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Biomes of Glacier: A Natural History Overview: August 30 - September 1, 2020

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Please let us know the names of any additional participants

Biomes of Glacier: A Natural History Overview

Instructor: Denny Olson, M.S.

Sunday, August 30 - Tuesday, September 1, 2020

Glacier National Park is spectacular for many reasons, but the emphasis in this course will be “how all those reasons fit together”, for example, the ecological relationships between fungus and forest, nutcrackers and grizzlies, climate and Glacier’s alpine – and the odd, fascinating, but nearly unknown species of plants and animals in the Park. With day hikes on the East Side, West Side, and Top Side, we will examine Glacier’s fine-tuned ecology  -- the real “story behind the scenery”. This class is an intensive, on-site overview of the Park, with an emphasis on the “bet-you-didn’t-know!” stories from a 45-year teaching naturalist. 

*Note: Meals will provide from dinner on day 1 through a trail lunch on day 3. In addition 2 nights of lodging at Field Camp are included in the course fee.  If you do not require lodging, call the registrar at 406-755-1211 to subtract $35/night from your course fee at the time of booking.

Meeting Place: Glacier Park Field Camp Meeting Hall (see campus map).

Meeting Time: Sunday, August 30th, 8:00 AM.

Tentative Itinerary (subject to change):

Day One: Westside, Wetside

·Meet at 8:00 AM, brief introductions and orientation, course overview

·Drive to McGee Meadow on the Inside Road to learn about fens and bogs.

·Short hike to Johns Lake. Here we will learn about the “little bog of horrors” and pioneer rainforests.

·Trail of the Cedars (fungus and forest; swift accommodations; cancer cures)

·Avalanche Lake Trail (valley of NO fire; log cities; power of ice; Oregon dirt)

·Dinner at Field Camp

·Evening Presentation: The Spectacular Birds of Glacier – with special guest Professor Avian Guano, Bir.D. (Clown ducks, ouzels, camp robbers, woodpeckers and fire, etc.)

Day Two: Life at the Top


·7:30 AM : Leave for Siyeh Bend on Going to the Sun Road (stop for the oldest recorded life in prehistory, hardrock café geology in the bus)

·Hike to Preston Park (Whitebark pine keystone: grizz, squirrels, nutcrackers; living in the subalpine world)

·Lunch overlooking ‘half of Montana’ (plant survival strategies in the alpine)

·Return hike: (climate, glaciers and the disappearing alpine – Timberline sparrows, ptarmigan, rosy finches and wolverines)

·Return, and dinner at Field Camp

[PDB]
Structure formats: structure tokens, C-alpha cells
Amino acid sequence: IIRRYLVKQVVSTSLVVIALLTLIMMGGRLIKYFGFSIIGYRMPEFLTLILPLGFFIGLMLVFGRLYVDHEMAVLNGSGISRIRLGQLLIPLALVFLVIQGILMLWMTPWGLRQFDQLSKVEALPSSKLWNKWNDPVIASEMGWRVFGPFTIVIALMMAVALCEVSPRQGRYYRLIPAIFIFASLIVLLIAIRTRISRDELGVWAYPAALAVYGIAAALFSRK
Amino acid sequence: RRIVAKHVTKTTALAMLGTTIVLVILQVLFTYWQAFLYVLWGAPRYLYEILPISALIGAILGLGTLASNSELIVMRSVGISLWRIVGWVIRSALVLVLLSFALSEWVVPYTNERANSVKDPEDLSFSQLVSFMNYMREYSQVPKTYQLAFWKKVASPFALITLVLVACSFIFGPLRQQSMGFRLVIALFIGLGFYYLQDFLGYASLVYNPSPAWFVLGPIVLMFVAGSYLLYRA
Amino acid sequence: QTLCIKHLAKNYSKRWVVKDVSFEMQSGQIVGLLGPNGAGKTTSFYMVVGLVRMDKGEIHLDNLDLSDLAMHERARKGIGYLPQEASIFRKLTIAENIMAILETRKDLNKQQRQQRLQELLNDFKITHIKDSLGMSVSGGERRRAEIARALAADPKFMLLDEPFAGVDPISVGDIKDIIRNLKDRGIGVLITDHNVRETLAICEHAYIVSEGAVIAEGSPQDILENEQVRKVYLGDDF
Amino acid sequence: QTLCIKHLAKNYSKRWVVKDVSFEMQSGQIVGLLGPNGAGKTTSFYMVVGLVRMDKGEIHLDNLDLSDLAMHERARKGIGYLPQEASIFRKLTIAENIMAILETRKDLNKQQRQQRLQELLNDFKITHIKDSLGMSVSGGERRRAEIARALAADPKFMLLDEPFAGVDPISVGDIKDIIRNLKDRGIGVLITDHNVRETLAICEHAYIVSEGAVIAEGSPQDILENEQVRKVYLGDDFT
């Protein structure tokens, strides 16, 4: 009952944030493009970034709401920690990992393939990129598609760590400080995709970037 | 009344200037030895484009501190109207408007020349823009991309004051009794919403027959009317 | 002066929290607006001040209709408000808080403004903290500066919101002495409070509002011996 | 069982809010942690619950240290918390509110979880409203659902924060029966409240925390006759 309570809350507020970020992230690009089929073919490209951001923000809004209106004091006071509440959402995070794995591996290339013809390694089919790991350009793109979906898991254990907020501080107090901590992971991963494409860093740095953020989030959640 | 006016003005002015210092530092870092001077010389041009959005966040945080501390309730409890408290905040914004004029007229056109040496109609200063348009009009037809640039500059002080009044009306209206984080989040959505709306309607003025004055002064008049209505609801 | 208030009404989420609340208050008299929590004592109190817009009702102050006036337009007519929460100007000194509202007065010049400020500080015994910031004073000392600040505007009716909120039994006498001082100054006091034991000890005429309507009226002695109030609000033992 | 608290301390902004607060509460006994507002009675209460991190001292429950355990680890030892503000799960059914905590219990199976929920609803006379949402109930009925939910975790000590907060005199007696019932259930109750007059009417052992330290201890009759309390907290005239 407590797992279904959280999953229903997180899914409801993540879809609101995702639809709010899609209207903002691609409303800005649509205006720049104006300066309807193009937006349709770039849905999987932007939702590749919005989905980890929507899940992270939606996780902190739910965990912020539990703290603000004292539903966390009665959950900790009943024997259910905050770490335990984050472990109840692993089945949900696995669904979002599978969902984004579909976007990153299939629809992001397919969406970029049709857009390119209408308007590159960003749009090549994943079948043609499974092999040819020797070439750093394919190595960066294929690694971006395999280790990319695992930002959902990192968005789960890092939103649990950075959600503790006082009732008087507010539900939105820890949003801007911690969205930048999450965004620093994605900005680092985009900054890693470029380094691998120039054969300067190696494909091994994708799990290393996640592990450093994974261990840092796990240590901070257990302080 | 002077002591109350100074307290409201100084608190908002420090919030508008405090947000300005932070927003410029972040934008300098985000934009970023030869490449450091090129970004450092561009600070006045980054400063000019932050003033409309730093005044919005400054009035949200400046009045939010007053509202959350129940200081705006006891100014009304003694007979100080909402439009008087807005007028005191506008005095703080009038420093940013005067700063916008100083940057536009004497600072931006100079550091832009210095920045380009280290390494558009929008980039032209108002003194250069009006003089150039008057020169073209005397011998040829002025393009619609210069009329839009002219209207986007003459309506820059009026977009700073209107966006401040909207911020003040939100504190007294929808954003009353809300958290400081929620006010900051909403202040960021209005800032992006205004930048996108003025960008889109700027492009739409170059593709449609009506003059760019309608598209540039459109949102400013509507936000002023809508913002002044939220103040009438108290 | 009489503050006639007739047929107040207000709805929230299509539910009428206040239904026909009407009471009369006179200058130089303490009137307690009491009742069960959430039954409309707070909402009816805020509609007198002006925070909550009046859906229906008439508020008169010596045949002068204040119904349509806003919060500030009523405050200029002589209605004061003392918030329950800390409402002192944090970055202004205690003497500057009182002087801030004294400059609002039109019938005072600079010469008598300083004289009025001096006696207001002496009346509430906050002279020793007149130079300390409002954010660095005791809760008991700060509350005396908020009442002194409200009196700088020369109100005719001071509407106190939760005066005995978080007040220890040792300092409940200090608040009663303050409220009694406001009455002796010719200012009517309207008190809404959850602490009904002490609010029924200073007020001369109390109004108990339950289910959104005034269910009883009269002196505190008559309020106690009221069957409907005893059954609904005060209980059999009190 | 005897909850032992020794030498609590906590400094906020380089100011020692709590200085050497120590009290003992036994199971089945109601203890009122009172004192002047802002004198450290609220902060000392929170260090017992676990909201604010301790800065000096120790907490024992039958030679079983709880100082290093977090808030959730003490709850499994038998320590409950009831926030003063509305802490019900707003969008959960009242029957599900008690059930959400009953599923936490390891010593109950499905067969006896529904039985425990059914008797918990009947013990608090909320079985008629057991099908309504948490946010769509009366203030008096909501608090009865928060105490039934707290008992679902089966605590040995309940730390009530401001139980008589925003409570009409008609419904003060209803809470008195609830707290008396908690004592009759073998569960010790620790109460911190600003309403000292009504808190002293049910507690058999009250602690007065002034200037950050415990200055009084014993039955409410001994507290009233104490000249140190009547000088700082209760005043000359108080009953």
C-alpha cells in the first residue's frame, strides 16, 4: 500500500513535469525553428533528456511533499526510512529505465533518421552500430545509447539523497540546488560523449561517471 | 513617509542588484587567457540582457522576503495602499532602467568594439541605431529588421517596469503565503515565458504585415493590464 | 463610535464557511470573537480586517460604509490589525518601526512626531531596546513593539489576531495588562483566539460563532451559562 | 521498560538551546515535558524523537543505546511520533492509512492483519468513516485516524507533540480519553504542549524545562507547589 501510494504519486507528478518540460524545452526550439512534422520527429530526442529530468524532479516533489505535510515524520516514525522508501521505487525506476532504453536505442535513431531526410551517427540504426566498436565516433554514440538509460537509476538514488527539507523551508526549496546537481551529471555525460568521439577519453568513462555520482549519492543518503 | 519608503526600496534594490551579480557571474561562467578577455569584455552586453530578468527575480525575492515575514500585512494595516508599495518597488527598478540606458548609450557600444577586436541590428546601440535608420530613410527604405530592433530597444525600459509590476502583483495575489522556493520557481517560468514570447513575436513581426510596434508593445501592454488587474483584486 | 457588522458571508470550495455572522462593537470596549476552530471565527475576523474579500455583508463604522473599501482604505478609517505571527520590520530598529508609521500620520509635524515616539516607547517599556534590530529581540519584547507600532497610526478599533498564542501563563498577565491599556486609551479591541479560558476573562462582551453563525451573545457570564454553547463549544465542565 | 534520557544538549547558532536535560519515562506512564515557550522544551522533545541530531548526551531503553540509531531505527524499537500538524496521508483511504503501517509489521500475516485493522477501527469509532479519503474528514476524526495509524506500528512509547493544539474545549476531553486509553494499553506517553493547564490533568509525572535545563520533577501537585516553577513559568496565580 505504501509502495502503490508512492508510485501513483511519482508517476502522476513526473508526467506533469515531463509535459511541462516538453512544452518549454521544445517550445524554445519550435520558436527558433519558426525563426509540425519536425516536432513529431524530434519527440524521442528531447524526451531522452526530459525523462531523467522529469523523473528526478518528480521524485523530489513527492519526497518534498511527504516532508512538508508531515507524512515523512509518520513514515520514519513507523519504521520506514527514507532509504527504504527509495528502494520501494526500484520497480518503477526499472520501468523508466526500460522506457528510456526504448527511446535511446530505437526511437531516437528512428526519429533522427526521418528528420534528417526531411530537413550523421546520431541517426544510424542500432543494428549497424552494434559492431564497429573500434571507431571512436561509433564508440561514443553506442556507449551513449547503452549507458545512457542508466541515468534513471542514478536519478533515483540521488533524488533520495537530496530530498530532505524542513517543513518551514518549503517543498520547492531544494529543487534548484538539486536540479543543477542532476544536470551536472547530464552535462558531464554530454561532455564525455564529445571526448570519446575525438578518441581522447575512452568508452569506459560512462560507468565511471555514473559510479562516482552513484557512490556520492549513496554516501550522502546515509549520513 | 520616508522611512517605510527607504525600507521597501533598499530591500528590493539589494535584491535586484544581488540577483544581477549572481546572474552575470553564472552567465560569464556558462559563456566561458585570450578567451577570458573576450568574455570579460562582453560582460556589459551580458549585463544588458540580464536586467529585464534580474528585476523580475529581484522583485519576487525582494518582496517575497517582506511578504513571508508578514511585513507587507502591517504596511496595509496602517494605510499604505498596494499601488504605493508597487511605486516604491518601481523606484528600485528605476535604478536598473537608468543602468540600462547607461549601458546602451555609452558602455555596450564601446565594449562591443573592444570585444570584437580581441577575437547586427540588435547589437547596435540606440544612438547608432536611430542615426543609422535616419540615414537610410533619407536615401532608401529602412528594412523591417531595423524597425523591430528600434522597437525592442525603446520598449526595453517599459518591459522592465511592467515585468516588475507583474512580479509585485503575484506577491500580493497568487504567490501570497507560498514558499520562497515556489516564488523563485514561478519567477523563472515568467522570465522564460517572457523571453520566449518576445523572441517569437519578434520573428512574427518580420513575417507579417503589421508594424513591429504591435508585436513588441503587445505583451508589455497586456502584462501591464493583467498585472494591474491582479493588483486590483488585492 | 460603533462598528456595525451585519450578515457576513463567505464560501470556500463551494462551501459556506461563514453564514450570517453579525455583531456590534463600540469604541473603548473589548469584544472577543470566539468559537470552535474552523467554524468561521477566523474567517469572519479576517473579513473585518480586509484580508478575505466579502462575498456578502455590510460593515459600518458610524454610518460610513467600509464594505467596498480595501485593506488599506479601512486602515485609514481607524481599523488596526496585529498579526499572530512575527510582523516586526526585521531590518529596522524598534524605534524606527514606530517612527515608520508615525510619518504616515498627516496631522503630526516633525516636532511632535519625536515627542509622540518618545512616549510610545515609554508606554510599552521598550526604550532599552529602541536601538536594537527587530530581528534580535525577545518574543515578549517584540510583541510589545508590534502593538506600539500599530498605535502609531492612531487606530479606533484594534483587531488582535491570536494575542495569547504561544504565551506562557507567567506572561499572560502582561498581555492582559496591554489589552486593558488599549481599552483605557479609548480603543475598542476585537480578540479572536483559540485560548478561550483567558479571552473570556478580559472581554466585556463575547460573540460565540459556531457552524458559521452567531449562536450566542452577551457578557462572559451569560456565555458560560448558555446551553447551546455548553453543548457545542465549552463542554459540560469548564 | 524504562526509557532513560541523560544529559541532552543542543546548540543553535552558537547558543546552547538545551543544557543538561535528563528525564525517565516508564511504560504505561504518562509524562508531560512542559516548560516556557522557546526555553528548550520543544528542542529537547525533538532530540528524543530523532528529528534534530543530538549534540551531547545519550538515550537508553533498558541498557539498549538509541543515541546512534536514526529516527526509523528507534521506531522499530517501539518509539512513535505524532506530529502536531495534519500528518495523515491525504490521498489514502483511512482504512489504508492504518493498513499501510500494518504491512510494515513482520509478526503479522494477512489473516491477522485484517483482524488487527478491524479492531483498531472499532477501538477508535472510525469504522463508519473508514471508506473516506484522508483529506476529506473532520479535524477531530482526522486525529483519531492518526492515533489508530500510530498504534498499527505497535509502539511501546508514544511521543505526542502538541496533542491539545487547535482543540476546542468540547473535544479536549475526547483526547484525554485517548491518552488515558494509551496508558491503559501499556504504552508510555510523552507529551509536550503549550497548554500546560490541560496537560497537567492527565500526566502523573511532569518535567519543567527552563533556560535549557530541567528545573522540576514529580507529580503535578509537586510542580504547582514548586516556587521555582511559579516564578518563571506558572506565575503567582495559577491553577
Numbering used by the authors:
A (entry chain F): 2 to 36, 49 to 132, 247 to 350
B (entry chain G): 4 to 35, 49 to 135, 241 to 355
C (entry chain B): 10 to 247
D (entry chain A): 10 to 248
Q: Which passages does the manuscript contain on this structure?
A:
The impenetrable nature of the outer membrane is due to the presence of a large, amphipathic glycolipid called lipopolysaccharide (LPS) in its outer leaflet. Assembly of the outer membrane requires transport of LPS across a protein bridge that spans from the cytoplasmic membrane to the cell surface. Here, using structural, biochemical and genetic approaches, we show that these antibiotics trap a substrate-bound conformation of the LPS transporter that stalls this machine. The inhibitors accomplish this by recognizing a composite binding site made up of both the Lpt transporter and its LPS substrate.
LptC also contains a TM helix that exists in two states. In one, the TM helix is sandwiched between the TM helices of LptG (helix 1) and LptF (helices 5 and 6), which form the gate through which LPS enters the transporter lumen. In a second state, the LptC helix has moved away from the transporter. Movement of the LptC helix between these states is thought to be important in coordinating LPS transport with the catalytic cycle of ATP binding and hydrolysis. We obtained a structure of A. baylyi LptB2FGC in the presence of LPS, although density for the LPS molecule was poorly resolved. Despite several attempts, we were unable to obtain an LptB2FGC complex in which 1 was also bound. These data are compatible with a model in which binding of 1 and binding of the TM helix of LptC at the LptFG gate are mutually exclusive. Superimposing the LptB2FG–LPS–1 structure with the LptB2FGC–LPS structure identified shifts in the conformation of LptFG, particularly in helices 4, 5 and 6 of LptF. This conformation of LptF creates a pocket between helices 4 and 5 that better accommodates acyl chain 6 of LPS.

·Evening presentation: Glacier’s Little-known and Seldom-seen (alpine frogs, toads and fire, boreal boas)

Day Three: Eastside Windy Parklands


·7:30 AM : leave for East side on Hwy 2

·The newly discovered under-riverbed world

·Marias Pass stop (the 300 X 50-mile all-time world record bulldozer!)

·Hike to base of Firebrand Pass (Glacier’s fish – mega-messing with Mother Nature; beaver behavior, wind and where trees live; grizzlies-huckleberries-moths-lilies-and- ladybugs – the ‘Paleo-diet’; a “krummy” place to be a pine)

·Return hike (the magical physiology of bears; taking a “lichen” to primitive plants; picky butterflies and other endangered species; the value of “quiet”; maybe a moose?)

·Back to Field Camp (The “Big Picture”, good-byes)

Food: Meals will be provided from dinner on day 1 through a trail lunch on day 3. Meals will be Breakfast is continental style (e.g. oatmeal, yogurt, cereal, fruit, hardboiled eggs, bagels) and dinner is family style (e.g. garlic chicken pasta, burrito night, spaghetti night); lunch fixings (e.g. sandwich fixings, carrots, apples, trail mix, chips) are provided for each participant to prepare their own lunch to eat on the trail. Vegetarians can be accommodated. Upon request we can provide gluten free bread for lunch, gluten free pasta, corn tortillas. If you have specific dietary needs please get in touch with us upon signing up. We can figure out what we provide and if you should bring any items to supplement what we provide.

Required Equipment: (all seasons)

Course Equipment: Binoculars are useful, but optional, as well as field guides that interest you.

Weather: This course will not be canceled due to weather.

Physical Requirements: Moderately Difficult. The elevation gains on four hikes range from 500 to 2000 feet.

Transportation during course: We will be traveling in a Glacier Institute vehicle.

Accommodations: Additional lodging can be purchased for $35/person/night at the Glacier Institute Field Camp. Facilities include bunkhouses, a community bathhouse, a library and a kitchen. Please call the registrar at 406-755-1211 to book lodging.

Academic Credit: Please see our ‘2020 Academic Credit’ Link on our website to learn about OPI credit and FVCC and UM credit for our courses. There is a $20 administrative fee to receive OPI renewal units with FVCC.

Recommended Reading:

Glacier National Park Website, Nature and Science (written by Instructor, Denny Olson) http://www.nps.gov/glac/naturescience/index.htm (click on all the sub-categories) GLACIER: A Natural History by David Rockwell.